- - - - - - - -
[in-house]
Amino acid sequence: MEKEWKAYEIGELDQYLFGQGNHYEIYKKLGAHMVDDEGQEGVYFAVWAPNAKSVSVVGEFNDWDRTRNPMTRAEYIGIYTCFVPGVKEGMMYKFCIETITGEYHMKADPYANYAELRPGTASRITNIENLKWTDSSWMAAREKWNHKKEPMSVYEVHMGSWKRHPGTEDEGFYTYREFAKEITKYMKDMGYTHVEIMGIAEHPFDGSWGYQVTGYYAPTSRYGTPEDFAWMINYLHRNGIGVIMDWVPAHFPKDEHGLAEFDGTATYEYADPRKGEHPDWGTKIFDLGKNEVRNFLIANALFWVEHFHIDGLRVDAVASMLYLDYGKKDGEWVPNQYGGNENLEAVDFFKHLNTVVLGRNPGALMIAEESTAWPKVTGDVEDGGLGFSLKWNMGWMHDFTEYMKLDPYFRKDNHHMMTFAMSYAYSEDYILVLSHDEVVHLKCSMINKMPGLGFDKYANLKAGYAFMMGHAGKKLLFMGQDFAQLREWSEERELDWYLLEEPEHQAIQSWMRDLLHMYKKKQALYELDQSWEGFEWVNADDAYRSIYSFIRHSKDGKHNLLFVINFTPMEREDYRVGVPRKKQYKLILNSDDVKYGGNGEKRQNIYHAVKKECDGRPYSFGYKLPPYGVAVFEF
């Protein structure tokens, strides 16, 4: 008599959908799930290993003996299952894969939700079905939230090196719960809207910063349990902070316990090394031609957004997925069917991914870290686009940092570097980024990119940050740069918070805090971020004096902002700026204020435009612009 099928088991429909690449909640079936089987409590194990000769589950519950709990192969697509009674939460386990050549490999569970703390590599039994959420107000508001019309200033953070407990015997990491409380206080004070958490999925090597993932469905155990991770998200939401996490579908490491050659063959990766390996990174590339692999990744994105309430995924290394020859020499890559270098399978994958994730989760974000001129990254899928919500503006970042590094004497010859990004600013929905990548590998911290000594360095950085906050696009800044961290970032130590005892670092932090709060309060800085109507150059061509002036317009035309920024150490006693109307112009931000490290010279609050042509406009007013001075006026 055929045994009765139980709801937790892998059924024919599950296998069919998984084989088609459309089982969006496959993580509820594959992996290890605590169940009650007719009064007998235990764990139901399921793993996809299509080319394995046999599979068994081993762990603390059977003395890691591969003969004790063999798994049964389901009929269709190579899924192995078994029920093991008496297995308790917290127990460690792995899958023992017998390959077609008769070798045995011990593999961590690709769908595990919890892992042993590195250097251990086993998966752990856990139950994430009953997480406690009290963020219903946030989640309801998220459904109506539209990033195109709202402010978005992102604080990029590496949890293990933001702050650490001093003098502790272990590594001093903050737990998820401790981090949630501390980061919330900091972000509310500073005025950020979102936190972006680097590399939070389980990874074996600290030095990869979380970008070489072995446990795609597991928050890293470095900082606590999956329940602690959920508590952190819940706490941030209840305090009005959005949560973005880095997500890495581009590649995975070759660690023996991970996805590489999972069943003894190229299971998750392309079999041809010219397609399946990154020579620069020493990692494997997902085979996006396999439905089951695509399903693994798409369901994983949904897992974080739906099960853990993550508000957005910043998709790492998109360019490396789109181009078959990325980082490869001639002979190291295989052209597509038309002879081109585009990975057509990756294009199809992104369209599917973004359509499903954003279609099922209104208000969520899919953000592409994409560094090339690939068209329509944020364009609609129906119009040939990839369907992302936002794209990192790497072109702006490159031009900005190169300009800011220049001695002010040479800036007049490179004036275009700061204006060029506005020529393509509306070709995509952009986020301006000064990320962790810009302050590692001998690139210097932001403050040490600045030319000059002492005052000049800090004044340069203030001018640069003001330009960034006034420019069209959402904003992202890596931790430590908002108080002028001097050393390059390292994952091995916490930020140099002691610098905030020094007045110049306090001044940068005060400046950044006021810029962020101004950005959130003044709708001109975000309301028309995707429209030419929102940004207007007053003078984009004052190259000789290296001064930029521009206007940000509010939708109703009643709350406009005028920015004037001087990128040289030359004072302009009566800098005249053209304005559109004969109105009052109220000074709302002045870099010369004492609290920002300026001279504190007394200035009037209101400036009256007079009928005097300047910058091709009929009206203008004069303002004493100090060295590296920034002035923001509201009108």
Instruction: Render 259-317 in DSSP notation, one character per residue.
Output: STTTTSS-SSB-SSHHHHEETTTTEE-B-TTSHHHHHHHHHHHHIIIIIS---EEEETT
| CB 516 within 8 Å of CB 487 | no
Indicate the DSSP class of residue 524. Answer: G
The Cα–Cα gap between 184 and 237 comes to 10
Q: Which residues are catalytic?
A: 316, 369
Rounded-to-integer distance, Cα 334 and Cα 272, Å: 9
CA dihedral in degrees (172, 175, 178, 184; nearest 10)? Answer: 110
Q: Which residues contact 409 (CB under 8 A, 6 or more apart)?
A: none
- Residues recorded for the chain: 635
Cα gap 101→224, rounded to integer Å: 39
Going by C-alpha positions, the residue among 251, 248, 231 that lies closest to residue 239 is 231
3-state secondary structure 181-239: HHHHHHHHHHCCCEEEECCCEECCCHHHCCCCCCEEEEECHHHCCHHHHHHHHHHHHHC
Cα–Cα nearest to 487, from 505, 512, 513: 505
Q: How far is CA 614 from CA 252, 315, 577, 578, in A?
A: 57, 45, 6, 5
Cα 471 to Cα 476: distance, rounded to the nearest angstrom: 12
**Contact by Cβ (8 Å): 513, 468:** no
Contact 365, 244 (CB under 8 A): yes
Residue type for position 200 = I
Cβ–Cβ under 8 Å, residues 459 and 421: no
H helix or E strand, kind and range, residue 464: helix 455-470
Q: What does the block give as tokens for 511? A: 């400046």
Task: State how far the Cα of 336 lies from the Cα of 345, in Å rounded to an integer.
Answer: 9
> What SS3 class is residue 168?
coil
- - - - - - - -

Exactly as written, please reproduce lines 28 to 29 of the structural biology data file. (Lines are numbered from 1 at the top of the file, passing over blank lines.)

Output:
Q: What does the block give as tokens for 511? A: 């400046």
Task: State how far the Cα of 336 lies from the Cα of 345, in Å rounded to an integer.